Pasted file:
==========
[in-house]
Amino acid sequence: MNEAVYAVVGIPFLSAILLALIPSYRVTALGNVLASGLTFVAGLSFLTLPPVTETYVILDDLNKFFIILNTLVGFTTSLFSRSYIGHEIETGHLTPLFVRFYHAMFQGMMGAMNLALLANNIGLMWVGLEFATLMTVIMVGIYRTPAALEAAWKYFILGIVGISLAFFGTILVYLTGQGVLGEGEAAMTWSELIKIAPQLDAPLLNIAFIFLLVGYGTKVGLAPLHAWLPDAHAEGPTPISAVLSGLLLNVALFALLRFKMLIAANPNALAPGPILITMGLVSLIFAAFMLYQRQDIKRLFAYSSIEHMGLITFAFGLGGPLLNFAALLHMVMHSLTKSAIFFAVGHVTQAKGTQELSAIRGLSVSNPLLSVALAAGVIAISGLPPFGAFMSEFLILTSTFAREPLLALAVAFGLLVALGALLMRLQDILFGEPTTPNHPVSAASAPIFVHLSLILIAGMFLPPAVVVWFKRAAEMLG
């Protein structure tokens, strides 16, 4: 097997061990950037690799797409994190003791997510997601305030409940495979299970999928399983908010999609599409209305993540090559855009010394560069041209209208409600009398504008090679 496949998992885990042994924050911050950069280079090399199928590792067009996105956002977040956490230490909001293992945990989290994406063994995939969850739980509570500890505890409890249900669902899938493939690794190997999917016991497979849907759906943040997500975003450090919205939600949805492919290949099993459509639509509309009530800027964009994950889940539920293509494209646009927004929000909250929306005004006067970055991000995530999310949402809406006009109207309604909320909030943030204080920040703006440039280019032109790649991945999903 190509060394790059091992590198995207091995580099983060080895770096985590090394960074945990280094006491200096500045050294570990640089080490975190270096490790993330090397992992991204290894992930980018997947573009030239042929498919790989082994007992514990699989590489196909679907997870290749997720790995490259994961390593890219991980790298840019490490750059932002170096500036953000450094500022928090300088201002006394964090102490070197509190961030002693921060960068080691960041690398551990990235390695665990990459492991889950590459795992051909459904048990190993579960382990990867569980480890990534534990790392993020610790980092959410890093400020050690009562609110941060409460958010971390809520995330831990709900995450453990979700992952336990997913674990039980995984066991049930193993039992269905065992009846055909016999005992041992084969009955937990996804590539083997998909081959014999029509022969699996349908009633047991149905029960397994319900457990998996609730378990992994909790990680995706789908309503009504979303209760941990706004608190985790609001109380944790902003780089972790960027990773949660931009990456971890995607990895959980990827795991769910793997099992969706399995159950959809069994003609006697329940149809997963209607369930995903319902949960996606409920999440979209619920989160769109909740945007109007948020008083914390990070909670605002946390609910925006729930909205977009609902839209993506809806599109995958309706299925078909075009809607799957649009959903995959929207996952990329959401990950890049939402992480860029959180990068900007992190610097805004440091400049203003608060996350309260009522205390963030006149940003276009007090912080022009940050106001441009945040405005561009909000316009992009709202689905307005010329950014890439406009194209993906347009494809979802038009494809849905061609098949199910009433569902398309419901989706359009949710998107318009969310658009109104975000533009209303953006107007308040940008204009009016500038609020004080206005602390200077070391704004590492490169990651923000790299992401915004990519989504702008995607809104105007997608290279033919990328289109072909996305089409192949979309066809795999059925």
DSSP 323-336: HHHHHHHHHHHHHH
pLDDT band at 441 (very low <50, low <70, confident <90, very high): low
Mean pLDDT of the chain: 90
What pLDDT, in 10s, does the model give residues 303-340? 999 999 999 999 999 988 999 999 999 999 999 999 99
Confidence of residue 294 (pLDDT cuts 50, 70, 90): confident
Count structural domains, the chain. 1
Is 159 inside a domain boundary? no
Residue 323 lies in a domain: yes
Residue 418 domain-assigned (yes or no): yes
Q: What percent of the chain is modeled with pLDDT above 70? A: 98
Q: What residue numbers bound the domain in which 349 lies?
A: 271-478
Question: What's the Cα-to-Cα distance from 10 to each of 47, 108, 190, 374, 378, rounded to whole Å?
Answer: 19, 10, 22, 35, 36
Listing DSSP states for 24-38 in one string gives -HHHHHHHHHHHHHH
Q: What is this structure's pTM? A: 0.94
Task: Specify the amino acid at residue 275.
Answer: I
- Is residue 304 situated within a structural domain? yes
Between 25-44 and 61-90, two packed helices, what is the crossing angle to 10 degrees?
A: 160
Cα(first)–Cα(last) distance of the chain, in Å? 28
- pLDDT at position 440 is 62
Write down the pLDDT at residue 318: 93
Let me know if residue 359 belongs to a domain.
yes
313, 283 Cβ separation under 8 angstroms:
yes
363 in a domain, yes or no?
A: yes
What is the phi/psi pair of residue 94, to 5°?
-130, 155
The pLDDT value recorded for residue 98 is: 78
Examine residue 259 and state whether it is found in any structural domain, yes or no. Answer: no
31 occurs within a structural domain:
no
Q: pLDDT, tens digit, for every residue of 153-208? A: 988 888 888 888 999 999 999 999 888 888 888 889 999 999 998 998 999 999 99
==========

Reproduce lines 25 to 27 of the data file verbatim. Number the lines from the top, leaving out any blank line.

Cα(first)–Cα(last) distance of the chain, in Å? 28
- pLDDT at position 440 is 62
Write down the pLDDT at residue 318: 93